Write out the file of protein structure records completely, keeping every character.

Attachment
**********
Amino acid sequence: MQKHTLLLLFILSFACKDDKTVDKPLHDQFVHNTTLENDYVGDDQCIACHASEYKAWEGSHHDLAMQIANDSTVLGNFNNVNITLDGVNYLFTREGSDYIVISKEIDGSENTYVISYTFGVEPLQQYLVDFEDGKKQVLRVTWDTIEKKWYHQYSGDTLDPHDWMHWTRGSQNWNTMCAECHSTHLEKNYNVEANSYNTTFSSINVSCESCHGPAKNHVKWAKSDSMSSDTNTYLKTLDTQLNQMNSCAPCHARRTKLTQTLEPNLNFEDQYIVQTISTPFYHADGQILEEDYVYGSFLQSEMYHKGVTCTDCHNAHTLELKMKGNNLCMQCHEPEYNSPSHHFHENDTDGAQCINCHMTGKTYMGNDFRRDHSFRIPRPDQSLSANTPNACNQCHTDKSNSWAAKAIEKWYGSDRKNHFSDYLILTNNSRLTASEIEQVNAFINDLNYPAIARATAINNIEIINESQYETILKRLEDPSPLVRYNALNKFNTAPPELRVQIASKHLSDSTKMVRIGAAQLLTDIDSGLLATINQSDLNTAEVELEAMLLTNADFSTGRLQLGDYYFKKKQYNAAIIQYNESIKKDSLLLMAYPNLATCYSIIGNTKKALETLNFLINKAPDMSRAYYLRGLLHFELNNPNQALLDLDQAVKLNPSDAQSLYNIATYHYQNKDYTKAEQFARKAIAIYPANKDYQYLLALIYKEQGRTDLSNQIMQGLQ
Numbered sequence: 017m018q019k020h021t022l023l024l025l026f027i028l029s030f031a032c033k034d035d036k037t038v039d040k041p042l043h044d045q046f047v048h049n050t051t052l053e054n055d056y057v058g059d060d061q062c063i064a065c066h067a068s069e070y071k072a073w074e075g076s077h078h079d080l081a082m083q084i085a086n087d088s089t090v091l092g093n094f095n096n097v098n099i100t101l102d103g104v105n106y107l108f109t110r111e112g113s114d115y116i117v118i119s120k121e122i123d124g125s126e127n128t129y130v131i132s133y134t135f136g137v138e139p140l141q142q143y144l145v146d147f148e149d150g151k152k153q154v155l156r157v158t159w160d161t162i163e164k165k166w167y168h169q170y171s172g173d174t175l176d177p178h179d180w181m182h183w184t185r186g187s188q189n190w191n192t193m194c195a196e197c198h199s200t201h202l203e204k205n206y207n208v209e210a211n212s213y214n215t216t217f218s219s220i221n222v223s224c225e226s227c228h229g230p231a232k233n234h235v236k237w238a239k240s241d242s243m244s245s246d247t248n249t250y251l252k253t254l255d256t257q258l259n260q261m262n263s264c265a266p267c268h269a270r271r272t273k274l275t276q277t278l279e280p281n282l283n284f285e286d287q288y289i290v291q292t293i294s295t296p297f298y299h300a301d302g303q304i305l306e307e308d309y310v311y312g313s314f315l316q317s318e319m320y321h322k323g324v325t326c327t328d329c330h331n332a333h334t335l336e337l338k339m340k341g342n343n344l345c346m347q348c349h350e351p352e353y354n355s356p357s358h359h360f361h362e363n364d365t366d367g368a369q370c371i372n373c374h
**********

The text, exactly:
Amino acid sequence: MQKHTLLLLFILSFACKDDKTVDKPLHDQFVHNTTLENDYVGDDQCIACHASEYKAWEGSHHDLAMQIANDSTVLGNFNNVNITLDGVNYLFTREGSDYIVISKEIDGSENTYVISYTFGVEPLQQYLVDFEDGKKQVLRVTWDTIEKKWYHQYSGDTLDPHDWMHWTRGSQNWNTMCAECHSTHLEKNYNVEANSYNTTFSSINVSCESCHGPAKNHVKWAKSDSMSSDTNTYLKTLDTQLNQMNSCAPCHARRTKLTQTLEPNLNFEDQYIVQTISTPFYHADGQILEEDYVYGSFLQSEMYHKGVTCTDCHNAHTLELKMKGNNLCMQCHEPEYNSPSHHFHENDTDGAQCINCHMTGKTYMGNDFRRDHSFRIPRPDQSLSANTPNACNQCHTDKSNSWAAKAIEKWYGSDRKNHFSDYLILTNNSRLTASEIEQVNAFINDLNYPAIARATAINNIEIINESQYETILKRLEDPSPLVRYNALNKFNTAPPELRVQIASKHLSDSTKMVRIGAAQLLTDIDSGLLATINQSDLNTAEVELEAMLLTNADFSTGRLQLGDYYFKKKQYNAAIIQYNESIKKDSLLLMAYPNLATCYSIIGNTKKALETLNFLINKAPDMSRAYYLRGLLHFELNNPNQALLDLDQAVKLNPSDAQSLYNIATYHYQNKDYTKAEQFARKAIAIYPANKDYQYLLALIYKEQGRTDLSNQIMQGLQ
Numbered sequence: 017m018q019k020h021t022l023l024l025l026f027i028l029s030f031a032c033k034d035d036k037t038v039d040k041p042l043h044d045q046f047v048h049n050t051t052l053e054n055d056y057v058g059d060d061q062c063i064a065c066h067a068s069e070y071k072a073w074e075g076s077h078h079d080l081a082m083q084i085a086n087d088s089t090v091l092g093n094f095n096n097v098n099i100t101l102d103g104v105n106y107l108f109t110r111e112g113s114d115y116i117v118i119s120k121e122i123d124g125s126e127n128t129y130v131i132s133y134t135f136g137v138e139p140l141q142q143y144l145v146d147f148e149d150g151k152k153q154v155l156r157v158t159w160d161t162i163e164k165k166w167y168h169q170y171s172g173d174t175l176d177p178h179d180w181m182h183w184t185r186g187s188q189n190w191n192t193m194c195a196e197c198h199s200t201h202l203e204k205n206y207n208v209e210a211n212s213y214n215t216t217f218s219s220i221n222v223s224c225e226s227c228h229g230p231a232k233n234h235v236k237w238a239k240s241d242s243m244s245s246d247t248n249t250y251l252k253t254l255d256t257q258l259n260q261m262n263s264c265a266p267c268h269a270r271r272t273k274l275t276q277t278l279e280p281n282l283n284f285e286d287q288y289i290v291q292t293i294s295t296p297f298y299h300a301d302g303q304i305l306e307e308d309y310v311y312g313s314f315l316q317s318e319m320y321h322k323g324v325t326c327t328d329c330h331n332a333h334t335l336e337l338k339m340k341g342n343n344l345c346m347q348c349h350e351p352e353y354n355s356p357s358h359h360f361h362e363n364d365t366d367g368a369q370c371i372n373c374h